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Government throws weight behind £33bn HS2 railway

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Transport Secretary Justine Greening has given the go-ahead to build the controversial High Speed 2 (HS2) rail network, a project expected to cost £32.7 billion

In a ministerial statement issued this morning, the new head of the Department for Transport said she had decided to pursue the project after one of the largest national consultations ever undertaken, reported sister title Construction News.

Greening said:  ‘I have decided Britain should embark upon the most significant transport infrastructure project since the building of the motorways by supporting the development and delivery of a new national high speed rail network.

‘By following in the footsteps of the 19th century railway pioneers, the government is signalling its commitment to providing 21st century infrastructure and connections – laying the groundwork for long-term, sustainable economic growth.’

Under the plans HS2 will initially connect London to Birmingham, before going on to reach Leeds and Manchester. Links with Heathrow Airport and HS1 are also planned.

Glenn Howells is designing the Birmingham HS2 train station at Curzon Street, while Terry Farrell and Partners has worked on a scheme to transform Euston into a new ‘super-station’ and HS2 terminal. The company is also working on a masterplan for the regeneration of Old Oak Common in west London where HS2 trains will also be stopping.

The first phase of construction, the line from London to Birmingham, is expected to open in 2026, followed in 2032-33 by legs to Manchester, Leeds and Heathrow.

The capital cost at 2011 prices for the entire Y shaped network is £32.7 billion.

The government estimates the line will generate wider economic benefits of up to £47billion and fare revenues of £34 billion over a 60-year period.

Greening said: ‘The benefits of HS2 will extend beyond the network itself; links to current lines will enable direct trains to run to cities such as Liverpool, Newcastle, Glasgow and Edinburgh and, with long-distance services transferring to the new network, space will be freed up for new commuter, regional and freight services on other lines, opening up new opportunities for Britain’s existing railways. Links to key urban transport networks, such as Crossrail, will help to spread the benefits further still.’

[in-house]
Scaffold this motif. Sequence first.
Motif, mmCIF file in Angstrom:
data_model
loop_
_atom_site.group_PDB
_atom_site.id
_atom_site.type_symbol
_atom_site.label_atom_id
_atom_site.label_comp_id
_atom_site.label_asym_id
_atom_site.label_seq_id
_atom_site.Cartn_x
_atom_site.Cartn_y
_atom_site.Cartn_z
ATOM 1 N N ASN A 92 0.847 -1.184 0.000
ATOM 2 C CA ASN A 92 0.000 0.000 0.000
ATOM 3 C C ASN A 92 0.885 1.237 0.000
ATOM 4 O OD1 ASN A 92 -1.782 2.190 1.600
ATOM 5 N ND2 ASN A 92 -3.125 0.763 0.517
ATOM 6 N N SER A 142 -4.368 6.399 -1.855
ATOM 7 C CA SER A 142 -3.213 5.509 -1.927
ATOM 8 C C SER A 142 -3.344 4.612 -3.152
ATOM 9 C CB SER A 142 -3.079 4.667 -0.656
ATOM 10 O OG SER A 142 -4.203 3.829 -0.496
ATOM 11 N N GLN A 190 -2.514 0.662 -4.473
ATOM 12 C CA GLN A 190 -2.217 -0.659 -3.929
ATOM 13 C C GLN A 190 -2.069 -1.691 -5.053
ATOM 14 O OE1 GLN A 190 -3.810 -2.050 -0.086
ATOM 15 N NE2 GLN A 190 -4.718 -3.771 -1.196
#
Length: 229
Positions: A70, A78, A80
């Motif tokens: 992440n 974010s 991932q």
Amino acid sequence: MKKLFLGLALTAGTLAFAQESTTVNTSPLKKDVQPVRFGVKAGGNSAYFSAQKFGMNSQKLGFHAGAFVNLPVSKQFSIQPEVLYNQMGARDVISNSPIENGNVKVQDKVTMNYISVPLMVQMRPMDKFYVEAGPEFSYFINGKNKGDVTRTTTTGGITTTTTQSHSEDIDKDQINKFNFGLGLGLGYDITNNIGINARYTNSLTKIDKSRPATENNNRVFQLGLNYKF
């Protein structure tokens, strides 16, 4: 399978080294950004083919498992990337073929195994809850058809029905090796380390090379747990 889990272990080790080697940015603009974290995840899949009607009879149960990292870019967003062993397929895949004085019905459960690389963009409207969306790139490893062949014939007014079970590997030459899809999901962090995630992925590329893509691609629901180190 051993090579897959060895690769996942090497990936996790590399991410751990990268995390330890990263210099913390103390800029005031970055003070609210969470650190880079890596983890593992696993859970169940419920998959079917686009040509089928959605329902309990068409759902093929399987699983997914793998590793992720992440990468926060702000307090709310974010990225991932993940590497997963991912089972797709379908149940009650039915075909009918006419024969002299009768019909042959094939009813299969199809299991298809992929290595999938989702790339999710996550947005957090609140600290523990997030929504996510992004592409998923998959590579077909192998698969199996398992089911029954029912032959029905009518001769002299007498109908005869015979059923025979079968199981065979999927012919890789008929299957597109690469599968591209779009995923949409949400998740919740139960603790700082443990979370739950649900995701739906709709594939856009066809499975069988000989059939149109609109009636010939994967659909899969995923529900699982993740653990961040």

In the face of stiff opposition from Conservative held constituencies, particularly in the Chilterns, Greening also announced a series of changes to mitigate the new line’s impact on local communities along the route.

The changes mean that more than half the route will now go through tunnels.

The changes include:

  • A longer, continuous tunnel from Little Missenden to the M25 through the Chilterns;
  • A new 2.75 mile bored tunnel along the Northolt Corridor to entirely avoid major works to the Chilterns Line and impacts on local communities in the Ruislip area;
  • A longer green tunnel past Chipping Warden and Aston Le Walls, and to curve the route to avoid a cluster of important heritage sites around Edgcote;
  • A longer green tunnel to significantly reduce impacts around Wendover, and an extension to the green tunnel at South Heath.

The changes are designed to halve the number of people who will be affected by increased noise pollution from the line.


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